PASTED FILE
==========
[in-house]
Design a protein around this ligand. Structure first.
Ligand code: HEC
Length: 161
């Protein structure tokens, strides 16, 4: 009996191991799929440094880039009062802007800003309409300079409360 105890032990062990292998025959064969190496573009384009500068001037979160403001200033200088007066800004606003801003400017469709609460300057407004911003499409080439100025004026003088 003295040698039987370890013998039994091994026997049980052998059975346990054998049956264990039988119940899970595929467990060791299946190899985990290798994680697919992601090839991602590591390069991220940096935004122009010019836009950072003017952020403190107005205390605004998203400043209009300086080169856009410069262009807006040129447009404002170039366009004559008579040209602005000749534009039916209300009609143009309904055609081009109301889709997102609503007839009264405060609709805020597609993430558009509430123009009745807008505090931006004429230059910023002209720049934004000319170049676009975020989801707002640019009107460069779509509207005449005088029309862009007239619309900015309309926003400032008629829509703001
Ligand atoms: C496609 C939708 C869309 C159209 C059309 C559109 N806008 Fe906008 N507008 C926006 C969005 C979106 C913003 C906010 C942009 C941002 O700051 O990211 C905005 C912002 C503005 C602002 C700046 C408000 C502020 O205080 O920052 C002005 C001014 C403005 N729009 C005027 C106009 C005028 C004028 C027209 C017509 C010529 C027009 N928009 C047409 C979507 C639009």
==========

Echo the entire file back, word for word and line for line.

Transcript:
[in-house]
Design a protein around this ligand. Structure first.
Ligand code: HEC
Length: 161
């Protein structure tokens, strides 16, 4: 009996191991799929440094880039009062802007800003309409300079409360 105890032990062990292998025959064969190496573009384009500068001037979160403001200033200088007066800004606003801003400017469709609460300057407004911003499409080439100025004026003088 003295040698039987370890013998039994091994026997049980052998059975346990054998049956264990039988119940899970595929467990060791299946190899985990290798994680697919992601090839991602590591390069991220940096935004122009010019836009950072003017952020403190107005205390605004998203400043209009300086080169856009410069262009807006040129447009404002170039366009004559008579040209602005000749534009039916209300009609143009309904055609081009109301889709997102609503007839009264405060609709805020597609993430558009509430123009009745807008505090931006004429230059910023002209720049934004000319170049676009975020989801707002640019009107460069779509509207005449005088029309862009007239619309900015309309926003400032008629829509703001
Ligand atoms: C496609 C939708 C869309 C159209 C059309 C559109 N806008 Fe906008 N507008 C926006 C969005 C979106 C913003 C906010 C942009 C941002 O700051 O990211 C905005 C912002 C503005 C602002 C700046 C408000 C502020 O205080 O920052 C002005 C001014 C403005 N729009 C005027 C106009 C005028 C004028 C027209 C017509 C010529 C027009 N928009 C047409 C979507 C639009």